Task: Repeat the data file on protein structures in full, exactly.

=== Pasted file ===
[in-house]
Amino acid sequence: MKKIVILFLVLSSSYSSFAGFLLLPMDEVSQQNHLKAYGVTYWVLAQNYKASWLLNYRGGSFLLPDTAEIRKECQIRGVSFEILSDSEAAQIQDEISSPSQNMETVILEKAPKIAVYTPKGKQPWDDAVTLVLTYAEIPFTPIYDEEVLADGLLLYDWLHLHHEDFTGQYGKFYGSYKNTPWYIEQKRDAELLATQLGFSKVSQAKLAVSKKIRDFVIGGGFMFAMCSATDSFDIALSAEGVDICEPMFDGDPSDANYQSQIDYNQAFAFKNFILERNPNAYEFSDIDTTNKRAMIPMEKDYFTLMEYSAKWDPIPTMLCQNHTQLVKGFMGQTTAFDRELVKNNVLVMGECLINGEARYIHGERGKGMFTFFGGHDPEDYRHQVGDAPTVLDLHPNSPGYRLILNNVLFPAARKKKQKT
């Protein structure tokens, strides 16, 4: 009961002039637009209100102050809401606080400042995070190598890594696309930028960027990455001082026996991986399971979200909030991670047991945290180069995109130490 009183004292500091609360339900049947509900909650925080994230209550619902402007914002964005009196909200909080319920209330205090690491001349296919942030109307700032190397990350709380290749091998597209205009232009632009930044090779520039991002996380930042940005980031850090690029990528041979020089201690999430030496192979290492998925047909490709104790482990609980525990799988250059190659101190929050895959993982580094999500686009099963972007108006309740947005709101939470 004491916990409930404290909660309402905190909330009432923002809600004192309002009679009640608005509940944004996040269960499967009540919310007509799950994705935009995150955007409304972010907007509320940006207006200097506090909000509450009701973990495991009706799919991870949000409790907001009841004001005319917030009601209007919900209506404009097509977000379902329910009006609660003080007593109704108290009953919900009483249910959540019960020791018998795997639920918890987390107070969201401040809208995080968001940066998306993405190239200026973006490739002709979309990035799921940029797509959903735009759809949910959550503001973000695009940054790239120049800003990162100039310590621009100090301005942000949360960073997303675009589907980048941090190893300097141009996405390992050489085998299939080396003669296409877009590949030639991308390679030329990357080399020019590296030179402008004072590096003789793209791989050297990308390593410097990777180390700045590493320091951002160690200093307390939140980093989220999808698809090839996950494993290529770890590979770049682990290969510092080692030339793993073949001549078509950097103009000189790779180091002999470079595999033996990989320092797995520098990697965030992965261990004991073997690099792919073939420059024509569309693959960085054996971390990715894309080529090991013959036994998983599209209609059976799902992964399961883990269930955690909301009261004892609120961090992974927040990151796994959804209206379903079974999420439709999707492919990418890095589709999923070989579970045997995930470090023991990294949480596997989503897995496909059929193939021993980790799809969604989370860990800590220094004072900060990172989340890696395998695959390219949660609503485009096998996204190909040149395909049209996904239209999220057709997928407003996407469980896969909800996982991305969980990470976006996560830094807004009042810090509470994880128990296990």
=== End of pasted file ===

[in-house]
Amino acid sequence: MKKIVILFLVLSSSYSSFAGFLLLPMDEVSQQNHLKAYGVTYWVLAQNYKASWLLNYRGGSFLLPDTAEIRKECQIRGVSFEILSDSEAAQIQDEISSPSQNMETVILEKAPKIAVYTPKGKQPWDDAVTLVLTYAEIPFTPIYDEEVLADGLLLYDWLHLHHEDFTGQYGKFYGSYKNTPWYIEQKRDAELLATQLGFSKVSQAKLAVSKKIRDFVIGGGFMFAMCSATDSFDIALSAEGVDICEPMFDGDPSDANYQSQIDYNQAFAFKNFILERNPNAYEFSDIDTTNKRAMIPMEKDYFTLMEYSAKWDPIPTMLCQNHTQLVKGFMGQTTAFDRELVKNNVLVMGECLINGEARYIHGERGKGMFTFFGGHDPEDYRHQVGDAPTVLDLHPNSPGYRLILNNVLFPAARKKKQKT
């Protein structure tokens, strides 16, 4: 009961002039637009209100102050809401606080400042995070190598890594696309930028960027990455001082026996991986399971979200909030991670047991945290180069995109130490 009183004292500091609360339900049947509900909650925080994230209550619902402007914002964005009196909200909080319920209330205090690491001349296919942030109307700032190397990350709380290749091998597209205009232009632009930044090779520039991002996380930042940005980031850090690029990528041979020089201690999430030496192979290492998925047909490709104790482990609980525990799988250059190659101190929050895959993982580094999500686009099963972007108006309740947005709101939470 004491916990409930404290909660309402905190909330009432923002809600004192309002009679009640608005509940944004996040269960499967009540919310007509799950994705935009995150955007409304972010907007509320940006207006200097506090909000509450009701973990495991009706799919991870949000409790907001009841004001005319917030009601209007919900209506404009097509977000379902329910009006609660003080007593109704108290009953919900009483249910959540019960020791018998795997639920918890987390107070969201401040809208995080968001940066998306993405190239200026973006490739002709979309990035799921940029797509959903735009759809949910959550503001973000695009940054790239120049800003990162100039310590621009100090301005942000949360960073997303675009589907980048941090190893300097141009996405390992050489085998299939080396003669296409877009590949030639991308390679030329990357080399020019590296030179402008004072590096003789793209791989050297990308390593410097990777180390700045590493320091951002160690200093307390939140980093989220999808698809090839996950494993290529770890590979770049682990290969510092080692030339793993073949001549078509950097103009000189790779180091002999470079595999033996990989320092797995520098990697965030992965261990004991073997690099792919073939420059024509569309693959960085054996971390990715894309080529090991013959036994998983599209209609059976799902992964399961883990269930955690909301009261004892609120961090992974927040990151796994959804209206379903079974999420439709999707492919990418890095589709999923070989579970045997995930470090023991990294949480596997989503897995496909059929193939021993980790799809969604989370860990800590220094004072900060990172989340890696395998695959390219949660609503485009096998996204190909040149395909049209996904239209999220057709997928407003996407469980896969909800996982991305969980990470976006996560830094807004009042810090509470994880128990296990």